"If that van drives by," she told her daughter, according to the police tweets, "write down the license plate number."
But the van did not drive by. It was last time anyone saw O'Keefe alive.
At 6:42 p.m., six hours since her mother last heard from her, O'Keefe's parents reported her missing to the Newport Beach Police Department, convinced by then that O'Keefe wasn't simply running off with friends to retaliate for being not getting a ride. Helicopters, police Jeeps and search parties scoured the area looking for signs of O'Keefe. But only one person, a woman who didn't know anything about a missing girl, was close enough to hear her, and by then it was too late.
Just before midnight, the police tweeted in O'Keefe's name, "a lady in the bluffs above Back Bay hears a female voice outside, screaming 'Stop, you're hurting me.' She listens, but hears nothing more. She doesn't know that I'm missing. That I'll be dead by morning. That I'll be found a couple hundred yards from her home."
A man scouting the Back Bay for a good spot for a nature study was the first to find her there, just after 10 the next morning. He was looking, specifically, for frogs. But when he peered through the cattails, instead he saw something "small and pale": a hand.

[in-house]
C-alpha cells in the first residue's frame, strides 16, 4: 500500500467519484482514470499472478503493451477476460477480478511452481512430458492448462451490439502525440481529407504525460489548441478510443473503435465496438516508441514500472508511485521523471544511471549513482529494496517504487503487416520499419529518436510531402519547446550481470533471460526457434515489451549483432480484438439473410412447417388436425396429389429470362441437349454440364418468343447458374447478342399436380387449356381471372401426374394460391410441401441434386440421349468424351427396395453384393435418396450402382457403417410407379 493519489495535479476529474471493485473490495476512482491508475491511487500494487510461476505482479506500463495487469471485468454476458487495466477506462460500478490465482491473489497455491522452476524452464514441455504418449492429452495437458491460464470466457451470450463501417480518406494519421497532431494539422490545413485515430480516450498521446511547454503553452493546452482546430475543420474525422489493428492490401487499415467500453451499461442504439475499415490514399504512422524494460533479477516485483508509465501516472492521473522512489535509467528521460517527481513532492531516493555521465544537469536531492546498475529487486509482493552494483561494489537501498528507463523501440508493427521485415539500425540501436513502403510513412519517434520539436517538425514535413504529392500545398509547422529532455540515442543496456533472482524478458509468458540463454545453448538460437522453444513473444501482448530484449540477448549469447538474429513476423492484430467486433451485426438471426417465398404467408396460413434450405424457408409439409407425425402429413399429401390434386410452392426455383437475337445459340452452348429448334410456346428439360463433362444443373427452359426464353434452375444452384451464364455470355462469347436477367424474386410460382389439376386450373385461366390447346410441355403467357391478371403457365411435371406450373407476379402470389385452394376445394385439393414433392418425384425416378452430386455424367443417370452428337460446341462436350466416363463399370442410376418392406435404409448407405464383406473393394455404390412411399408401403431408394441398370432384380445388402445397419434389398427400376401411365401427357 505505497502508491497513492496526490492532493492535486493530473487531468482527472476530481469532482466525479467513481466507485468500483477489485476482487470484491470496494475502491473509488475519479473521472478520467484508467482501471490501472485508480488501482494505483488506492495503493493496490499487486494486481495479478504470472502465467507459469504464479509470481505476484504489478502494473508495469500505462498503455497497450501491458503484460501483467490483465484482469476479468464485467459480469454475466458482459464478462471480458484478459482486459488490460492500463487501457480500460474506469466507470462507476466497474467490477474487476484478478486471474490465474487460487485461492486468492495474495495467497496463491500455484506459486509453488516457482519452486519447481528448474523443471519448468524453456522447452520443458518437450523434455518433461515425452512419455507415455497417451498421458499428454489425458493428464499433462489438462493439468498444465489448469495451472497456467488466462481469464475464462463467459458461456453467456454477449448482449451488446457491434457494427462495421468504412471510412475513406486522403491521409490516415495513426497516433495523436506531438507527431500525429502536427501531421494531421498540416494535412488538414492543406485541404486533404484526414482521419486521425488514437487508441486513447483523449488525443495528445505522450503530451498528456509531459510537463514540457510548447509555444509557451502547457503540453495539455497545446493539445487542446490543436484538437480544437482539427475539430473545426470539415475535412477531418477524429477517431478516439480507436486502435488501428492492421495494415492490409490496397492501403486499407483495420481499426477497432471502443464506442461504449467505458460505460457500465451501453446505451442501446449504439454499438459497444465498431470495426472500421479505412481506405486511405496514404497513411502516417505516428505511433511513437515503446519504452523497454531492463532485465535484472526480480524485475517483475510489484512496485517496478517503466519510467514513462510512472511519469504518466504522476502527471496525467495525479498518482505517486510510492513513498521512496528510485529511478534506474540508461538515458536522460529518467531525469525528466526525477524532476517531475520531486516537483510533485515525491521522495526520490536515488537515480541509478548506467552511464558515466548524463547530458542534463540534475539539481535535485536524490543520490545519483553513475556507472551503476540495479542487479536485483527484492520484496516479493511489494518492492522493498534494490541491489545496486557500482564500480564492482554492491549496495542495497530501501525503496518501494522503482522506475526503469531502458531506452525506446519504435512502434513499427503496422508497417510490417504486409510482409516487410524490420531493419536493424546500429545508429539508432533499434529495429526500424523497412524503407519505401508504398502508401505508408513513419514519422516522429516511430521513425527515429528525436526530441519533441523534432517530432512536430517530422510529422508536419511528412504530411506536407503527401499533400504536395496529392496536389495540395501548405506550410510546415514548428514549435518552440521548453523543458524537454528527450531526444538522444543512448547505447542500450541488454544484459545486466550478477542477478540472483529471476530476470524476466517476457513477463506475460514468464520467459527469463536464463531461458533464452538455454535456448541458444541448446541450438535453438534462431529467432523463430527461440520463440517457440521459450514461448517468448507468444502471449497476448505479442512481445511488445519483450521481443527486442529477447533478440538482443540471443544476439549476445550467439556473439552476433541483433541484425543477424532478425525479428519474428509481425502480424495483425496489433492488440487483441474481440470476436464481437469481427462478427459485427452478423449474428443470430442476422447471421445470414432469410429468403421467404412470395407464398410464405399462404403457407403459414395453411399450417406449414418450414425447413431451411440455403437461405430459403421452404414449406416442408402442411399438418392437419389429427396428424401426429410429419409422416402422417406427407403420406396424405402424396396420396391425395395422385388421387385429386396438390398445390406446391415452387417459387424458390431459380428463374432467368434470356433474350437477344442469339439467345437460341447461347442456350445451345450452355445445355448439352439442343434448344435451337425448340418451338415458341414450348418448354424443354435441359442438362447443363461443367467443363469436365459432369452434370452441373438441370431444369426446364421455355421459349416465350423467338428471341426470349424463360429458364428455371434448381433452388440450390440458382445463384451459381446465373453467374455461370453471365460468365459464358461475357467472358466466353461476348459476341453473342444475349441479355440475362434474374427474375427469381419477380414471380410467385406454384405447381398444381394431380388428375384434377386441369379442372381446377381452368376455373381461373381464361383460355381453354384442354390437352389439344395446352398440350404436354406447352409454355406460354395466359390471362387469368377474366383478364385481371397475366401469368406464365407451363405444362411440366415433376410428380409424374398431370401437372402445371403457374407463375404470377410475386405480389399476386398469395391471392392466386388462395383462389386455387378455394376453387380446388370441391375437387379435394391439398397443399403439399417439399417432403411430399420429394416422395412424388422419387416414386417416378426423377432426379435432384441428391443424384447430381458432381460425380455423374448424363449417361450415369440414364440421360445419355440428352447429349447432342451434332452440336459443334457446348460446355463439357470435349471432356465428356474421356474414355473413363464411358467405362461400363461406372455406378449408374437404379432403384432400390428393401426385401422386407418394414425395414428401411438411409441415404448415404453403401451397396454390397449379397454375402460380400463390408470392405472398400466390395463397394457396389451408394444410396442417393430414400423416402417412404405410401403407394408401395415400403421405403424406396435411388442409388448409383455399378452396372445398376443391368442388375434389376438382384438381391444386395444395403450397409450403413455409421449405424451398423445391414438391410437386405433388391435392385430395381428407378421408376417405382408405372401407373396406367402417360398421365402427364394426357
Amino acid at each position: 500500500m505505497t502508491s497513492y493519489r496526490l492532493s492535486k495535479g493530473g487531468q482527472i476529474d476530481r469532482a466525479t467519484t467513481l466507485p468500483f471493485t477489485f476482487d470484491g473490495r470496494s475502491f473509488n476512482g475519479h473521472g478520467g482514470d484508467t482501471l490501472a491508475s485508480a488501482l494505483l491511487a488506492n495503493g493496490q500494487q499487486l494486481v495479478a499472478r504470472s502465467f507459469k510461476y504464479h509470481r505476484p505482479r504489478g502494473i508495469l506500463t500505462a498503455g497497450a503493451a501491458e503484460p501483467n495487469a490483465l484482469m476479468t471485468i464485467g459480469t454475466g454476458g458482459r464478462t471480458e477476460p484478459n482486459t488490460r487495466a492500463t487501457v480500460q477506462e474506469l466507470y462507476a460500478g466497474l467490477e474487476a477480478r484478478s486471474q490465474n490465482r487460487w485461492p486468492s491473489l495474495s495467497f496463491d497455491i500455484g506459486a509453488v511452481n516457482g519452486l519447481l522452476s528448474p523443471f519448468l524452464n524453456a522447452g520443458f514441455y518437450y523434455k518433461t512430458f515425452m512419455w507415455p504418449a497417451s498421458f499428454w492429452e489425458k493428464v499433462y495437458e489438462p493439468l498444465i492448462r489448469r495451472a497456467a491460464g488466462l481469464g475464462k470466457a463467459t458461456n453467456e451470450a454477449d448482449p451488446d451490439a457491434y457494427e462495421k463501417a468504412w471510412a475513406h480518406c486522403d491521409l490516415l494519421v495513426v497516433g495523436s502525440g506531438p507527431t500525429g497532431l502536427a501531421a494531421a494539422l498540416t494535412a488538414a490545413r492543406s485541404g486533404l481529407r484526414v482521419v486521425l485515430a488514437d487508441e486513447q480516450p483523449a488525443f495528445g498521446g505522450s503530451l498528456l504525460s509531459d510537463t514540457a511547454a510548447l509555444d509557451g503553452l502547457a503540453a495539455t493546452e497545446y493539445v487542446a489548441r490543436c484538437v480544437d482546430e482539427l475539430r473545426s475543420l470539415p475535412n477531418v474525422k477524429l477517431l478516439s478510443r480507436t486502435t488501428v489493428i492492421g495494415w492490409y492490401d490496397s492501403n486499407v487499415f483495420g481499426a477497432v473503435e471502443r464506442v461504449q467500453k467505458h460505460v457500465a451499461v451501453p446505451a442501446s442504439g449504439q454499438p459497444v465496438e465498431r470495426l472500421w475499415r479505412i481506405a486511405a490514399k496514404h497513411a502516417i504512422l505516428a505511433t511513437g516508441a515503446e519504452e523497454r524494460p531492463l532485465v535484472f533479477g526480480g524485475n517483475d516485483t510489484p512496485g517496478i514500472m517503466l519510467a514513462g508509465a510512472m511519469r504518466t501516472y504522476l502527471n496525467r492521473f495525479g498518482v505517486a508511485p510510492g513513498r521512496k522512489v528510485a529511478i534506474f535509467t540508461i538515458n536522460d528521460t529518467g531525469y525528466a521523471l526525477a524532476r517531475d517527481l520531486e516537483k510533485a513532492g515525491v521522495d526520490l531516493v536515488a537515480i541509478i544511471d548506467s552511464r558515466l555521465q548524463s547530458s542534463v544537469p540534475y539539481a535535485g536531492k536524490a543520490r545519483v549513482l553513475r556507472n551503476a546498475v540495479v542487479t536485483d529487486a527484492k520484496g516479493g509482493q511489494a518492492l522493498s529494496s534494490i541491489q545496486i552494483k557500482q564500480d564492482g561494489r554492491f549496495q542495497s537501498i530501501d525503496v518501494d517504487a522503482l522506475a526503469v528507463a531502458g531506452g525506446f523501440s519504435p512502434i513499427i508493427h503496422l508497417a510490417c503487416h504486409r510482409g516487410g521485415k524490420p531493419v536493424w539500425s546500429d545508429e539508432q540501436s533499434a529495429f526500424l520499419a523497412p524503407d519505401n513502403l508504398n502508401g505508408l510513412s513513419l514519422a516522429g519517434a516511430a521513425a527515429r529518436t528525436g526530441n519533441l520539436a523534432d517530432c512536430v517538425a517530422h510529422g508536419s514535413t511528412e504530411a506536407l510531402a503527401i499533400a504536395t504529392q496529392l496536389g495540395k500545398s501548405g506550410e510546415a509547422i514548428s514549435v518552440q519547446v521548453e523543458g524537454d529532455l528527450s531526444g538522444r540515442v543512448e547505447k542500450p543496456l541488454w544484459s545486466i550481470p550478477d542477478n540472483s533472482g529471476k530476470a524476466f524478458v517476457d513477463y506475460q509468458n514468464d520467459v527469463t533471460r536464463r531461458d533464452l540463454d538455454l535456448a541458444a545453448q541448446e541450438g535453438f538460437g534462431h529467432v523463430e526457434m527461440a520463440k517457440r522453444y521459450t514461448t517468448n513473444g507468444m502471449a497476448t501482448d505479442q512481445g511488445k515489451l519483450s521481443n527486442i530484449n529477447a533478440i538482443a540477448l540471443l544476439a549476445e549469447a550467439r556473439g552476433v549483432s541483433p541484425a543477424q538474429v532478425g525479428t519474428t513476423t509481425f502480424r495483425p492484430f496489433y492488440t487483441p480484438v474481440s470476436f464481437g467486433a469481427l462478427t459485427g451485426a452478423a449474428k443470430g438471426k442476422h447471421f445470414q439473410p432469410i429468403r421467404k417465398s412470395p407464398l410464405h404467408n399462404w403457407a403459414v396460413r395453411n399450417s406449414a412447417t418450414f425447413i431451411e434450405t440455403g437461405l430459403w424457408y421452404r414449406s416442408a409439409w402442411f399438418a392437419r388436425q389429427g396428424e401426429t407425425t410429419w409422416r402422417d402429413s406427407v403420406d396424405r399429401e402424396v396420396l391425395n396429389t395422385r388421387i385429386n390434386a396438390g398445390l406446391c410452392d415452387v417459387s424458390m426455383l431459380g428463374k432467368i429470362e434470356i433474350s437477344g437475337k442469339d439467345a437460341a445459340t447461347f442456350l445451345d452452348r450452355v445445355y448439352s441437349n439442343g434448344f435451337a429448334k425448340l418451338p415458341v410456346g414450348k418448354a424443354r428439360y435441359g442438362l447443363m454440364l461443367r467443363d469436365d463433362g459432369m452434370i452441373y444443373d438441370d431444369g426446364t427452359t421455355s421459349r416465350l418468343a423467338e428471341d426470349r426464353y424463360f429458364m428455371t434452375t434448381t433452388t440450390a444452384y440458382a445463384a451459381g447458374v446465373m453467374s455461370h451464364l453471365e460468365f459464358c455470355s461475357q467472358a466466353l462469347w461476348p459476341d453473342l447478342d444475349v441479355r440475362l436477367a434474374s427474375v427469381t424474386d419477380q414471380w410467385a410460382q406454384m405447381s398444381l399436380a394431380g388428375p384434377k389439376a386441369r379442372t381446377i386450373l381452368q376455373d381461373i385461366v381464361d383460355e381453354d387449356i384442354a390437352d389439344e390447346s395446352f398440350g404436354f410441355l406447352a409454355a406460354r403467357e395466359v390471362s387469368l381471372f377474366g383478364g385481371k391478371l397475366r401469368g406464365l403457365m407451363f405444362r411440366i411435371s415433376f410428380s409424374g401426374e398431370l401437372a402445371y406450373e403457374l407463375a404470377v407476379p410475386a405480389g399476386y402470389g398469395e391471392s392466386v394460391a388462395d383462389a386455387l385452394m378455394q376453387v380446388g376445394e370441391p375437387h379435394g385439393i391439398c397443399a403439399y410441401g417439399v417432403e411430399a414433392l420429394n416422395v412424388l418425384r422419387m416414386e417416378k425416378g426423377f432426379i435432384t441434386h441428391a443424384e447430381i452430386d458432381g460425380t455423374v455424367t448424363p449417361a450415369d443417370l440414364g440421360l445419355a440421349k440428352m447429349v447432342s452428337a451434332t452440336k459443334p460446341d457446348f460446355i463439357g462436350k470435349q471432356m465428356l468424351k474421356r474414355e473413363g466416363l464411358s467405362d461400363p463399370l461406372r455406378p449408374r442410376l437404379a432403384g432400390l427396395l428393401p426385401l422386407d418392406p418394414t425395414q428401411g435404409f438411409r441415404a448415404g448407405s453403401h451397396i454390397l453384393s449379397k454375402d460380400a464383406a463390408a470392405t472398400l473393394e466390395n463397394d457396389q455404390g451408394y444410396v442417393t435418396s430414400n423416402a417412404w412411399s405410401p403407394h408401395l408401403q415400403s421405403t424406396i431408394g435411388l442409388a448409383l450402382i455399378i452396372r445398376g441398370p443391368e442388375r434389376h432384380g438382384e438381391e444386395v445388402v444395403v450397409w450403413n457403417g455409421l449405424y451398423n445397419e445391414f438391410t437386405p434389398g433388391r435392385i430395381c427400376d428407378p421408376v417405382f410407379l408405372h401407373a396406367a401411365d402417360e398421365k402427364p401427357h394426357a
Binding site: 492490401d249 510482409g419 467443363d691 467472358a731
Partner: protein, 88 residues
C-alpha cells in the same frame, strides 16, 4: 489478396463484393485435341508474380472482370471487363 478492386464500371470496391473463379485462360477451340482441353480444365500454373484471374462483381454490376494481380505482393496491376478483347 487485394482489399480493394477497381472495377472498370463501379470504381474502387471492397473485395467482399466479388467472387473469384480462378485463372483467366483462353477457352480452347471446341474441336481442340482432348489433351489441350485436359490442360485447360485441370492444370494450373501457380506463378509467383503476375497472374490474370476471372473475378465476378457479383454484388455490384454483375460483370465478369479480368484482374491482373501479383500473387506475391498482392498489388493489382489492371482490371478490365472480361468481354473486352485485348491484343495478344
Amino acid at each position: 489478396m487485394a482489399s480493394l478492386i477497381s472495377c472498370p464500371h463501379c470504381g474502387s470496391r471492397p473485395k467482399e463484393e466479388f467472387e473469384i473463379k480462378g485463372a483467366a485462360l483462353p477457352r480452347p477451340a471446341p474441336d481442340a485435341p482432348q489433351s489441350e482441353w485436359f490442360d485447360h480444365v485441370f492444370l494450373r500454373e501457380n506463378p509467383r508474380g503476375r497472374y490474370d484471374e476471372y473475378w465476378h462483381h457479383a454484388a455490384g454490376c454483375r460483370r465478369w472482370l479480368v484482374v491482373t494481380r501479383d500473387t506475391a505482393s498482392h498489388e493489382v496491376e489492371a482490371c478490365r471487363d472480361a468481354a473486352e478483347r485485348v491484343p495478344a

"I had read about the missing girl in the paper," he told the Daily Pilot that day. "After seeing the hand in the bushes a lot of things went through my mind. Then I knew it had to be the girl."
According to newspaper accounts at the time, O'Keefe was fully clothed and police did not find evidence that she had been sexually assaulted. In just three days, according to a 1973 Los Angeles Times article, police arrested an 18-year-old man for her murder, declining to tell reporters what evidence they had connecting him to the crime. A day later they released him from jail, saying they didn't have enough.
Since then the case has remained cold - but on Saturday came the new piece of evidence: a phenotype of the person police believed killed O'Keefe. It was created by a Parabon Nanolabs, a Virginia-based DNA technology company.
Using DNA evidence, a phenotype predicts the physical appearance of a person both then and now, generating what looks like a digital avatar of a suspect. In this case, the phenotype of the suspect shows a fair-skinned man with beady blue eyes with a tinge of green and sandy blond hair. Newport Beach police say they hope it will lead to a break in the case. The man is pictured as he may have looked at age 25 and age 60.
A spokeswoman for the Newport Beach Police Department told the Los Angeles Times that police decided to announce the development alongside the story of O'Keefe's last day as a way to humanize a case that has faded from the public consciousness.
"It's an old case from 45 years ago and it might be hard for people to form the emotional attachment to that," the spokeswoman, Jennifer Manzella, told the newspaper. "But we think Linda is due that."
Author information: Meagan Flynn is a reporter on The Washington Post's Morning Mix team. She was previously a reporter at the Houston Chronicle and the Houston Press.